Courttney Cooper

Intuit: The Center for Intuit and Outsider Art
756 N. Milwaukee Avenue
February 5, 2016–May 29, 2016

Courttney Cooper, untitled, 2015, ballpoint pen on paper, 61" x 108''.

The conventions of mapping that organize Courttney Cooper’s immense ink drawings of Cincinnati, Ohio, provide a structure for his more cognitive cartographies. An array of landmarks punctuate dark congestions of scribbled grids and city blocks on collaged sheets of paper portraying the psychology of these spaces where the mood contradicts revelry with riot. These works—which mostly span the past decade—depict a city, perhaps an alternate reality called “Zinzinnati,” per the exhibition’s title, that is perpetually in celebration, evinced by the balloons and banners decorating some of the maps for the city’s Germanic Oktoberfest.

But the party above belies the social tensions below: Gradually, one notices scrawled writing layered underneath Cooper’s landscapes, the text erupting in the blank passages of the streets. In one drawing from 2015 (all works are untitled), visitors see the phrase “The bitch, you fucking bitch” echo across a neighborhood, and in another, the capitalized word police drifts at the horizon line between an amusement park and a street festival. The metropolis is portrayed in a more modestly scaled 2007 drawing with agitated districts extending in all directions from three prominent buildings labeled “Hamilton County Court House,” “Hamilton County,” and “Justice Center” across their broad rooftops.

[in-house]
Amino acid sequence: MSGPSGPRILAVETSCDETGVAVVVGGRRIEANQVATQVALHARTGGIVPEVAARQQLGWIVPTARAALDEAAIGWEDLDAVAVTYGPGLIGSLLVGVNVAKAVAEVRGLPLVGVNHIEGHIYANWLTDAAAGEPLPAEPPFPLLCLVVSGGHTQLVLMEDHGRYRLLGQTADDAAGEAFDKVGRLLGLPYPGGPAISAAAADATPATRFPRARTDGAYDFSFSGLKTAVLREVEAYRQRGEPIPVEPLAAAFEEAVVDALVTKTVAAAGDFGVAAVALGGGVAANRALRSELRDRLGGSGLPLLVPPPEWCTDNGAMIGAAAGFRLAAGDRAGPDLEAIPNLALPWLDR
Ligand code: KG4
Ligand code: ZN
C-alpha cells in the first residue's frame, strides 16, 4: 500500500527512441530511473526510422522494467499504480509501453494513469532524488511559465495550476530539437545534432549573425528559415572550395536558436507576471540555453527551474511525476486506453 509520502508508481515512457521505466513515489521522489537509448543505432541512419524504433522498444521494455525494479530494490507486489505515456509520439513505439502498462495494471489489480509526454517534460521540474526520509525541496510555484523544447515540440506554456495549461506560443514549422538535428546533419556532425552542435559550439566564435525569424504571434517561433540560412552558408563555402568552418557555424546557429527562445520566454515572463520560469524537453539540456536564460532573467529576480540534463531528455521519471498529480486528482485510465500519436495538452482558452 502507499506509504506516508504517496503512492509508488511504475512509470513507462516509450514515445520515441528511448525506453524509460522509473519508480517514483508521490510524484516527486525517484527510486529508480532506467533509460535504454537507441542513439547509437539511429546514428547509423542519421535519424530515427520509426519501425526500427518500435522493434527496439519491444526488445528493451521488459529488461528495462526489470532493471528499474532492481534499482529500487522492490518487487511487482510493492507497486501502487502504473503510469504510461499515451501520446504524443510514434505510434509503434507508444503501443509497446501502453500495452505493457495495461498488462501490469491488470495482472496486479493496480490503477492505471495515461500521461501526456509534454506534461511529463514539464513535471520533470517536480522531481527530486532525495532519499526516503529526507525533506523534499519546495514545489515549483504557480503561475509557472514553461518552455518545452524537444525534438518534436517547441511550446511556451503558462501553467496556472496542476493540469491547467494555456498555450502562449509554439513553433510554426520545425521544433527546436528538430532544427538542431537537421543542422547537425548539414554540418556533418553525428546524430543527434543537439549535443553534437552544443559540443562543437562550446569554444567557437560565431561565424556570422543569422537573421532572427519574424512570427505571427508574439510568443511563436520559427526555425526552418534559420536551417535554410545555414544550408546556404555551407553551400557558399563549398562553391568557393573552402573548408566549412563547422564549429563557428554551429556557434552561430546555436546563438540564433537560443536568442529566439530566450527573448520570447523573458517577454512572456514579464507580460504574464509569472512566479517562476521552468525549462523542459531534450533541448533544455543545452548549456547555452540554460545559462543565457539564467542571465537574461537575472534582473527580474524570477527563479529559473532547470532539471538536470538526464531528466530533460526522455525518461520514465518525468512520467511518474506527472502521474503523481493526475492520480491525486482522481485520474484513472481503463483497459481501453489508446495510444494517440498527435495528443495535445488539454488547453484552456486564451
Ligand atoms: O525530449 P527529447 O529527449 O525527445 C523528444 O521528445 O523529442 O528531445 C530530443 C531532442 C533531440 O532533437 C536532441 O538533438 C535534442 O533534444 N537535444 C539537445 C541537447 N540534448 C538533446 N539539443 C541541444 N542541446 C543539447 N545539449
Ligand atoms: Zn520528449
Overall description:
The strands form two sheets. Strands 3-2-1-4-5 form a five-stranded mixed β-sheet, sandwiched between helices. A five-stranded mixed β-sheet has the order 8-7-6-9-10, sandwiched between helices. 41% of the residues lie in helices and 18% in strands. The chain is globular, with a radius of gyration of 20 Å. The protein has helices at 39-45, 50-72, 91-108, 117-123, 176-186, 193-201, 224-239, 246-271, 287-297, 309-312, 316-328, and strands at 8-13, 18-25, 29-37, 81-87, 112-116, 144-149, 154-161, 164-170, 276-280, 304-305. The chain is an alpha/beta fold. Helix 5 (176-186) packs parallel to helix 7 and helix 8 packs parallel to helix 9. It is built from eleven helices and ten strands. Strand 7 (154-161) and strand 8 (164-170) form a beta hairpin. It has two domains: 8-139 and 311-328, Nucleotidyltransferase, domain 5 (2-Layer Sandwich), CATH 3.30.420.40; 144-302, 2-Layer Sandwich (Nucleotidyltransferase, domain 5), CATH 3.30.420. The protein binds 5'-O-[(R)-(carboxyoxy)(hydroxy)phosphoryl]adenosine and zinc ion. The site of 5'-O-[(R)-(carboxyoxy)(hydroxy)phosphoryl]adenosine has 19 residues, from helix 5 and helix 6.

Given Cincinnati’s history of police violence toward black men—the shooting of unarmed nineteen-year-old Timothy Thomas provoked riots in 2001, and in 2015, unarmed Samuel DuBose was shot dead during a routine traffic stop, to name a few—Cooper’s maps uneasily juxtapose the city’s jubilation and social unrest simultaneously. Each street conjured here questions and fantasizes how men of color like him can survive and thrive in these public, urban spaces.

Matt Morris